Traeger Pro 575 Pellet Grill Controller close up showing 450 degrees on screen

Explaining PID Controllers and Which Pellet Grills Have Them

PID Controllers are Superior to Conventional Temperature Controllers. So Which Grills Have Them?


PID controllers were once only on the most expensive and most technologically advanced pellet grills. But more and more grill manufacturers are using them now and many mid- to high-priced models use a PID controller. Manufacturers may still sell a few of their models with a conventional controller, much like many auto manufacturers still produce some cars without cruise control, but several companies now outfit their models with some version of a PID controller. Before we detail which grills have PID controllers, let’s discuss the basics of pellet grill temperature controllers.

MakeModels w/PID ControllerNotes
Camp ChefWoodwind & SmokePro
Green Mountain GrillsAlmost allDavy Crockett is non-PID
Grilla GrillsAll, plus Alpha*Alpha can switch from PID to time controlled
Memphis GrillsAll 
Pit BossPlatinum Series onlyOthers use conventional controller
RecteqAll New Bullseye uses PID as well
TraegerAll, except Ranger/TailgaterTraeger uses D2 Drive, with PID plus variable speed fans
WeberBoth pellet grills 
Z GrillsUnclearSome listings claim PID, others simply refer to upgrade that fixes temperature issues


Constant Monitoring and Adjustments.

All temperature controllers in a pellet grill function in basically the same way. You input a Set Point (SP) which is your desired temperature. The controller is connected to a sensor inside the cooking chamber, the RTD, which stands for Resistance Temperature Detector, but think of it as the thermometer in your grill. If the Actual Temperature (AT) as measured by the RTD is less than the Set Point, the controller controls the fuel system to raise the temperature. It does this by turning on the auger, which delivers pellets to the fire, or by speeding up or slowing down the auger, which increases or decreases the rate at which pellets are fed in to the fire. When the SP is reached, the controller either stops feeding fuel, or feeds at a rate to maintain that temperature.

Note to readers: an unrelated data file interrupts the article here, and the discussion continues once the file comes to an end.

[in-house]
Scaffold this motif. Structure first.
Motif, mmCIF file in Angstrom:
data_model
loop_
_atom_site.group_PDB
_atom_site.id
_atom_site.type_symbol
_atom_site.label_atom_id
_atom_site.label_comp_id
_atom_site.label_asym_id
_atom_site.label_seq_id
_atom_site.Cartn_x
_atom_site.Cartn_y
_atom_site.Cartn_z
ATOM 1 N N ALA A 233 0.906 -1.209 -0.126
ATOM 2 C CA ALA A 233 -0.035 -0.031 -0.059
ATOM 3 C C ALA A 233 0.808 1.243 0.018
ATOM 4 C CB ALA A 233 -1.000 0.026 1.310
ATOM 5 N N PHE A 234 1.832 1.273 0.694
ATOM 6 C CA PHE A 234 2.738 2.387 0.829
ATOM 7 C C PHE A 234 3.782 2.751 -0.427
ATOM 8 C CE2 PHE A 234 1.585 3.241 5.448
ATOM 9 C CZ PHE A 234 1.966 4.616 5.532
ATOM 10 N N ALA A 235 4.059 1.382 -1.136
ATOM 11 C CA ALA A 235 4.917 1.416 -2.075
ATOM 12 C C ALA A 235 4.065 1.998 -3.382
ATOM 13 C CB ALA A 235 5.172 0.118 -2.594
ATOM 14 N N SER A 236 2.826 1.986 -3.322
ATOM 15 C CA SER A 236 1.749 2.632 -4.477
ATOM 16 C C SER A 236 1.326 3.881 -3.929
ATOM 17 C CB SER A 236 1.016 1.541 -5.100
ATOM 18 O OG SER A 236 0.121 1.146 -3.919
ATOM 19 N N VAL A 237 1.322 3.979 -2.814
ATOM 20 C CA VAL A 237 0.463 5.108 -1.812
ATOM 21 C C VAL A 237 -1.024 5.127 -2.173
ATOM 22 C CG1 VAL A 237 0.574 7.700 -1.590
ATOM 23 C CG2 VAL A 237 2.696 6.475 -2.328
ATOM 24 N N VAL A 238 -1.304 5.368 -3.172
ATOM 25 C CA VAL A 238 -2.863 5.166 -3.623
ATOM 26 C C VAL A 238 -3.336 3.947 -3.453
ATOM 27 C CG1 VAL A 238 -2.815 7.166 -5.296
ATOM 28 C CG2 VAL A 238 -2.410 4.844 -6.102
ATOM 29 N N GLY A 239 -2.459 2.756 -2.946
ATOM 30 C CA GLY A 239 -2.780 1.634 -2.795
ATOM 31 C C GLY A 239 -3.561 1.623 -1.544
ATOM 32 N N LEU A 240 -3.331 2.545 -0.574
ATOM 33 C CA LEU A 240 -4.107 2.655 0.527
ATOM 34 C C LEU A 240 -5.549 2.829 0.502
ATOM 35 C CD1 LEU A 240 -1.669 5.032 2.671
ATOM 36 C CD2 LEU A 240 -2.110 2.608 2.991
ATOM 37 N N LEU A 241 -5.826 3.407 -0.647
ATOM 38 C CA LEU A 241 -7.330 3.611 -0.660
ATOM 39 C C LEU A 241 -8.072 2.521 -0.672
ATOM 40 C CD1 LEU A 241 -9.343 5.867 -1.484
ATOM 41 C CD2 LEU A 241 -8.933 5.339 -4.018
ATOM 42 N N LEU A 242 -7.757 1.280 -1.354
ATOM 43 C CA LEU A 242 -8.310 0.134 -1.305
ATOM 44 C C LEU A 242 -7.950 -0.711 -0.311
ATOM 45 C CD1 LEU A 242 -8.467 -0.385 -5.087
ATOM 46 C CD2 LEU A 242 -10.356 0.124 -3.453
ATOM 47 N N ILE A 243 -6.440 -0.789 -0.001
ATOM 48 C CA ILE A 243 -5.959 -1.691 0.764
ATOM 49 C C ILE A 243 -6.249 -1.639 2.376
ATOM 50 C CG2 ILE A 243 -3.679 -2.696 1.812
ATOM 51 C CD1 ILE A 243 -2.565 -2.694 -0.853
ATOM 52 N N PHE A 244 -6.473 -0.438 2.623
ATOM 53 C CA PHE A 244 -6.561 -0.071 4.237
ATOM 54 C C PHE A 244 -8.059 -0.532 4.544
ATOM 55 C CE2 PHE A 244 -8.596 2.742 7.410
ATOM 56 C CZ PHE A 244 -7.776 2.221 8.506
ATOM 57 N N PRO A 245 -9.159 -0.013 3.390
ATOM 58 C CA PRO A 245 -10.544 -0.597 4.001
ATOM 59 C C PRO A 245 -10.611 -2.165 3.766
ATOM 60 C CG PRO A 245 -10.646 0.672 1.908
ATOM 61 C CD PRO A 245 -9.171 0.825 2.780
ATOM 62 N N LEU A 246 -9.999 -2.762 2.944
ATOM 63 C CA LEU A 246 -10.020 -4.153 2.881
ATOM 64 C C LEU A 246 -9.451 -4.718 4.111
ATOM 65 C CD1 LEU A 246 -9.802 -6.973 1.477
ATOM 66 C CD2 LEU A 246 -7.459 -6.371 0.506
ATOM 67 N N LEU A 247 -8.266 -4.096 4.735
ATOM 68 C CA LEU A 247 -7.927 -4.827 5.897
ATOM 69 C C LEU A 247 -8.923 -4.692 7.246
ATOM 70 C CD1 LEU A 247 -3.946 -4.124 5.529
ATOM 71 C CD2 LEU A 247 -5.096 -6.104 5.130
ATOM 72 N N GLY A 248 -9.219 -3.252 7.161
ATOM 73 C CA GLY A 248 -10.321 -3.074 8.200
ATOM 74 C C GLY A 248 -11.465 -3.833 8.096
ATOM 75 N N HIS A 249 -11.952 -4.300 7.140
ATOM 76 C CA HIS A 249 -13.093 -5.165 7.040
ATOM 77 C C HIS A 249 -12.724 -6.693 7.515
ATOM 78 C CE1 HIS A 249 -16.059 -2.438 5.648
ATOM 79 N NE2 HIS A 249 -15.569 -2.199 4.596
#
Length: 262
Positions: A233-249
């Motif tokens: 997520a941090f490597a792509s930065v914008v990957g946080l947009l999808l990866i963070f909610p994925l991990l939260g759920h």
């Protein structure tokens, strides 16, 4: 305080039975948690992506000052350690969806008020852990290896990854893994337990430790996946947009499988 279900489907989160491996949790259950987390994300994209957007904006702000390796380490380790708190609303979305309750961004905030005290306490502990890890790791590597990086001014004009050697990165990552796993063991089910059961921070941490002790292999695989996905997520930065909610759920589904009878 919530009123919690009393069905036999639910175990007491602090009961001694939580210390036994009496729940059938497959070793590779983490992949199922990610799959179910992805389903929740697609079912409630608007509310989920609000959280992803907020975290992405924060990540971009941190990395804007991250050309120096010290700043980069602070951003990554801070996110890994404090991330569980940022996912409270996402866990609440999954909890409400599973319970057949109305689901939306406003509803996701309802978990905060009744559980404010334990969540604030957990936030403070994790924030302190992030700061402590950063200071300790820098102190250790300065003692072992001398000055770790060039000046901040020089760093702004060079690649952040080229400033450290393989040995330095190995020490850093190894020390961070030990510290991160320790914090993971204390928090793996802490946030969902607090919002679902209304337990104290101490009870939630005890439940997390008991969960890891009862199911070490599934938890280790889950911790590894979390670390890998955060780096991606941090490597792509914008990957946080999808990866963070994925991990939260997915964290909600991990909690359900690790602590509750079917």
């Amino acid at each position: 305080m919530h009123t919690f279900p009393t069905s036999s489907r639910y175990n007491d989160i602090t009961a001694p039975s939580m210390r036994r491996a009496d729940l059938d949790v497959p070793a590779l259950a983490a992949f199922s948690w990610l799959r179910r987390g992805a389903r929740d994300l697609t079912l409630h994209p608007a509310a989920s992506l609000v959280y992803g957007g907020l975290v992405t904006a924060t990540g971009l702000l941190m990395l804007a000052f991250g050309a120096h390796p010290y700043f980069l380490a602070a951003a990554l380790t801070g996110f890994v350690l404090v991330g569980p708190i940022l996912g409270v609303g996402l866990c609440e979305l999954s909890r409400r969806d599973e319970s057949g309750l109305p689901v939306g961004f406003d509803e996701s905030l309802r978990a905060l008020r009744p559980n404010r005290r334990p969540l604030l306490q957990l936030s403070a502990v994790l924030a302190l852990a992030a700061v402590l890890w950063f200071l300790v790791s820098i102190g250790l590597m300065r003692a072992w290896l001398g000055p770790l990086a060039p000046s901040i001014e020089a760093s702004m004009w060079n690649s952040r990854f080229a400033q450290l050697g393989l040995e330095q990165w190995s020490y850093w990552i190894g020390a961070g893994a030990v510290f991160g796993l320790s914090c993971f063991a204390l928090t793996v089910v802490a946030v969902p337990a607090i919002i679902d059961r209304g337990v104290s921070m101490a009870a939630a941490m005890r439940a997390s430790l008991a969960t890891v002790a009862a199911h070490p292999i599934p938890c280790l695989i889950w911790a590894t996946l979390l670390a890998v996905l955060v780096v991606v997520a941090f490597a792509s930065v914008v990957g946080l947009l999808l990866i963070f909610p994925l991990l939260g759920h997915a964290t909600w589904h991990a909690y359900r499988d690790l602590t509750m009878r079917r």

Both PID controllers and conventional controllers operate on this basic principal. More wood = higher temperature. No wood = lower temperature. The fans, by the way, are just the necessary secondary fuel for combustion. They kick on and off with the pellets, in order to maintain combustion and are usually not a factor in controlling temperature, but rather in maintaining the combustion of the pellets. 

Because the heating process is being controlled by pellets entering the system, all pellet grills will experience some temperatures swings up and down. After pellets are fed into the fire pot via the auger, the fire gets bigger. The temperature in the grill increases. Then the controller decreases fuel to the firepot and the temperature decreases. 

The major difference between a PID controller and a conventional controller is how that unavoidable temperature fluctuation is dealt with.


Conventional Controller: Auger On/Off is the Variable.

A conventional non-PID controller functions like your furnace in your house. You set a temperature. If the actual temp in the grill is lower than the setpoint, as measured by the RTD, a cycle is started to begin rotating the auger, which feeds pellets into the fire pot. If the temp in the grill is higher than the setpoint, a different cycle is begun which doesn’t feed pellets to increase the temp, but feeds enough so that the fire doesn’t go out. There is a “higher than wanted” cycle and a “lower than wanted” cycle. The fan kicks on and off with these cycles in order to support the combustion needs (air) of the fuel.

Side Note: The info here can get a get bogged down in technical detail. Feel free to skim. Pit Boss has a very straightforward explanation of PID controllers in pellet grills on its site, though they don’t really explain HOW they work, just the benefits of having one. Keep reading to learn about the how.

With this method, the grill is able to maintain a temp fairly close to the Set Point, especially averaged over time. The grill will, however, go through temperature swings as it continuously overshoots and undershoots the Set Point goal. The swings might be 10, 20 or even 50 degrees. Over the length of a cook, especially a longer cook, it all averages out. Conventional controllers, then, maintain a correct average temperature that is effective. 

PID Controller: Everything is Sampled More Often, and Predictions are Made